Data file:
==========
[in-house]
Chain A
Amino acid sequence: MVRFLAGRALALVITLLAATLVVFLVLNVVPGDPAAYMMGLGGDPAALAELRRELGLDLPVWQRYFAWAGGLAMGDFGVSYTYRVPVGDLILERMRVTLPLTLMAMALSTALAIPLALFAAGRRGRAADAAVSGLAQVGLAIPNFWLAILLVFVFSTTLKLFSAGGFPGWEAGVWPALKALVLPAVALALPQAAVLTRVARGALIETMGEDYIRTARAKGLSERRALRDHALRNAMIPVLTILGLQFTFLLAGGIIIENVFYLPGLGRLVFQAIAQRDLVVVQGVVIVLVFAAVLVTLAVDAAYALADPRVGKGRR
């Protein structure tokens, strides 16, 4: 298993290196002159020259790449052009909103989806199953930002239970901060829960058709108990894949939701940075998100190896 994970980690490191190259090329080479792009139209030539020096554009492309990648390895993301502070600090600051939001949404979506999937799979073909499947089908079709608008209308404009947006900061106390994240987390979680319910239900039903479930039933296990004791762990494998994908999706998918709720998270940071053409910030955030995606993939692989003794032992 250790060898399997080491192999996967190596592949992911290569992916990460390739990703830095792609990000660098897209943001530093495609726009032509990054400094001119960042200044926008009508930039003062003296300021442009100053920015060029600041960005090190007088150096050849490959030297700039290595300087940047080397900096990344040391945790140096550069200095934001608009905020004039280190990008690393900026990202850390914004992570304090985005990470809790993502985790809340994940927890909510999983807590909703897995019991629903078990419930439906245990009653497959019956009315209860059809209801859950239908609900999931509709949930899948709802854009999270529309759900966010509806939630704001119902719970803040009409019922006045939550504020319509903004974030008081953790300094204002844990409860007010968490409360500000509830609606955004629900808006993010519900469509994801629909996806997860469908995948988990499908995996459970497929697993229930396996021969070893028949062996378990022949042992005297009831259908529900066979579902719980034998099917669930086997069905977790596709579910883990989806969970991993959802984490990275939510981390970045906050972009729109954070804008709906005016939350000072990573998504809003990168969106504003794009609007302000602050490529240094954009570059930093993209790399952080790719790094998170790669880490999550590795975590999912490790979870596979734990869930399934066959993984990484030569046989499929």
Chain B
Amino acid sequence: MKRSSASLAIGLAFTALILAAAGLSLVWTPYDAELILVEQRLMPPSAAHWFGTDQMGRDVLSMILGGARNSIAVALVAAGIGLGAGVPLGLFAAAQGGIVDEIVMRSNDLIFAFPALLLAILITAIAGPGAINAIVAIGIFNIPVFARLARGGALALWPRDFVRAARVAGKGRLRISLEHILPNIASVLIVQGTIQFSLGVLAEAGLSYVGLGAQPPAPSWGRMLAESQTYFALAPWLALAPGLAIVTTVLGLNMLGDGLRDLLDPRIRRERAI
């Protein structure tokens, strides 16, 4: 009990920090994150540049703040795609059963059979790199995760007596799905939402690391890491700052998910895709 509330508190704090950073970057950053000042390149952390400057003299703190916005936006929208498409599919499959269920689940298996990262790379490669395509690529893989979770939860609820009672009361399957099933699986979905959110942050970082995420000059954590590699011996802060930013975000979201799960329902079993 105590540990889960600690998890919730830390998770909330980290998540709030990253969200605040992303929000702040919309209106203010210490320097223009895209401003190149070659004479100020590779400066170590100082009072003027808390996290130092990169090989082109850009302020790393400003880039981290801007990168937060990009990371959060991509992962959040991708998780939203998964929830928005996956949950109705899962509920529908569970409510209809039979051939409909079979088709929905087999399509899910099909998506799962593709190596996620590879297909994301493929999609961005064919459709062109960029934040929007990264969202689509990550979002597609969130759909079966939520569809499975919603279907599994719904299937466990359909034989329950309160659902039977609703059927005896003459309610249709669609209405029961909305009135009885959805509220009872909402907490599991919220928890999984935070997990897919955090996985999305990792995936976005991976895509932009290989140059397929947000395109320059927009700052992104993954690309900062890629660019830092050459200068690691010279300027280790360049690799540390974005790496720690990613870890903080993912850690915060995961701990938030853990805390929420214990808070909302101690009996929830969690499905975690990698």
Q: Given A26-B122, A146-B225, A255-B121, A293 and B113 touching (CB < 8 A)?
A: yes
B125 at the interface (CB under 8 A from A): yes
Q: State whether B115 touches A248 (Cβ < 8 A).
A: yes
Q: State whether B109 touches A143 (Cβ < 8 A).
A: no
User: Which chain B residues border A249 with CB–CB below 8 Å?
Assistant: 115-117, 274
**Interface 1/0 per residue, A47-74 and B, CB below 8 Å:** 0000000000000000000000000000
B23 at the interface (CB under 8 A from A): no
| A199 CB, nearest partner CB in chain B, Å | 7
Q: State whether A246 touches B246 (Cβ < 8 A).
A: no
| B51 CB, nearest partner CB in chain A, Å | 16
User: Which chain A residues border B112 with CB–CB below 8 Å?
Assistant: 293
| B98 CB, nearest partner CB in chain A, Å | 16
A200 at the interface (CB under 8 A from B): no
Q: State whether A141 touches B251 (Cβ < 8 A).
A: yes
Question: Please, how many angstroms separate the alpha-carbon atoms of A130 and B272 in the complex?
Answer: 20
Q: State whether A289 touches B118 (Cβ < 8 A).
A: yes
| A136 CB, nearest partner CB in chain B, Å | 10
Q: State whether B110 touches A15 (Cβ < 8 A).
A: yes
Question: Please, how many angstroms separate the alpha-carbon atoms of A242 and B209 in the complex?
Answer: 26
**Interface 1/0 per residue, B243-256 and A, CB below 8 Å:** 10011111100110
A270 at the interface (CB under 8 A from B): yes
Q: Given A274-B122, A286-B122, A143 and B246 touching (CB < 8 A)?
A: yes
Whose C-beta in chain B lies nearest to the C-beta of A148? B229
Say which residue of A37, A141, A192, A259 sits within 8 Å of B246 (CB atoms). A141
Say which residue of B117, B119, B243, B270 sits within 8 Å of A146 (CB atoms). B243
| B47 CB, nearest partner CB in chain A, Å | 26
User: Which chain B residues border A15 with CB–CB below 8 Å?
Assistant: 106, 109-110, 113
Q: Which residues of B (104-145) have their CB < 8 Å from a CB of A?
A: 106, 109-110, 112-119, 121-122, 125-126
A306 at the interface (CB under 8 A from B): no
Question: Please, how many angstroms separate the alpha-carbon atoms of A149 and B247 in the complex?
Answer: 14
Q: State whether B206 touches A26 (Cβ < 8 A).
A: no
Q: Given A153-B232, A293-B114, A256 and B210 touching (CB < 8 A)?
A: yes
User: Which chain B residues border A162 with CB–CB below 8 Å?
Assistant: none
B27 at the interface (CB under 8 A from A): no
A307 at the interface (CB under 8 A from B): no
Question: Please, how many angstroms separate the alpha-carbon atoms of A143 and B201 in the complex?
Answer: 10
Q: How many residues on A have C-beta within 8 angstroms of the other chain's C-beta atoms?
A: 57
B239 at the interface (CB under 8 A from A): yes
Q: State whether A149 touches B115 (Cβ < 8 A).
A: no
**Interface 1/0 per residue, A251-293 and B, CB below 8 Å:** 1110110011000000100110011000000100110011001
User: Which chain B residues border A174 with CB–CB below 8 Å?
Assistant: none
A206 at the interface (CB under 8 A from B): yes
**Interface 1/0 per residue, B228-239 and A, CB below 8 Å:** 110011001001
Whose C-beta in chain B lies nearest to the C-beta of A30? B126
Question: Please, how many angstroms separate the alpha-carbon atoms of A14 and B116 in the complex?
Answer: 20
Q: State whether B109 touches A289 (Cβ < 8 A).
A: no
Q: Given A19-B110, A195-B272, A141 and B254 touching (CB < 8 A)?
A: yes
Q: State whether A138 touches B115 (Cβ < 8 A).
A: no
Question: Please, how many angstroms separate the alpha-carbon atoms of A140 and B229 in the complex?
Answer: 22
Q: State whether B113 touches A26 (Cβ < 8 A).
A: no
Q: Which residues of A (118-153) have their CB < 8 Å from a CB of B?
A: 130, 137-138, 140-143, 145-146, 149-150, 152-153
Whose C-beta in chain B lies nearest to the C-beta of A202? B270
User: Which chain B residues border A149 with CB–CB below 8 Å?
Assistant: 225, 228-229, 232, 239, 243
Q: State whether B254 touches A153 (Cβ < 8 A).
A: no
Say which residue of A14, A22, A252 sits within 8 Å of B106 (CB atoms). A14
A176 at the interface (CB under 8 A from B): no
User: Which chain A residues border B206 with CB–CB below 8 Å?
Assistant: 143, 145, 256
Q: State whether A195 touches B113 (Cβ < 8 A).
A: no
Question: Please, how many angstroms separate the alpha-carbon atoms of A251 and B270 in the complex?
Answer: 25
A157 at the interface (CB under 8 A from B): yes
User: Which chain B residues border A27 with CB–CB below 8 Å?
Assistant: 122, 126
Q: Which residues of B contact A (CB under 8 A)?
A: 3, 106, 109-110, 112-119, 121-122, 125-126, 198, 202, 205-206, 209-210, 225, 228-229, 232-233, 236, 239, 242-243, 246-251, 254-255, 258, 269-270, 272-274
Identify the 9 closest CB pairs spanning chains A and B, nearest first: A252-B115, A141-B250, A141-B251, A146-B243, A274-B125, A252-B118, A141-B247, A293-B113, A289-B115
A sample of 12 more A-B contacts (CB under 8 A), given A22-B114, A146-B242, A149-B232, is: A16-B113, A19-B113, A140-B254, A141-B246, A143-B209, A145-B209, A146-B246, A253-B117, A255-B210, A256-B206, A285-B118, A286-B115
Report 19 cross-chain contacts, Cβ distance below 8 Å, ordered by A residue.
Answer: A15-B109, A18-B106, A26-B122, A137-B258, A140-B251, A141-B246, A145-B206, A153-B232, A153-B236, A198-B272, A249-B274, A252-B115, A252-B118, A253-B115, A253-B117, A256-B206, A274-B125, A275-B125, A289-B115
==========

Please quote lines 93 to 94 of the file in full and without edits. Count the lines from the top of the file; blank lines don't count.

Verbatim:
Say which residue of A14, A22, A252 sits within 8 Å of B106 (CB atoms). A14
A176 at the interface (CB under 8 A from B): no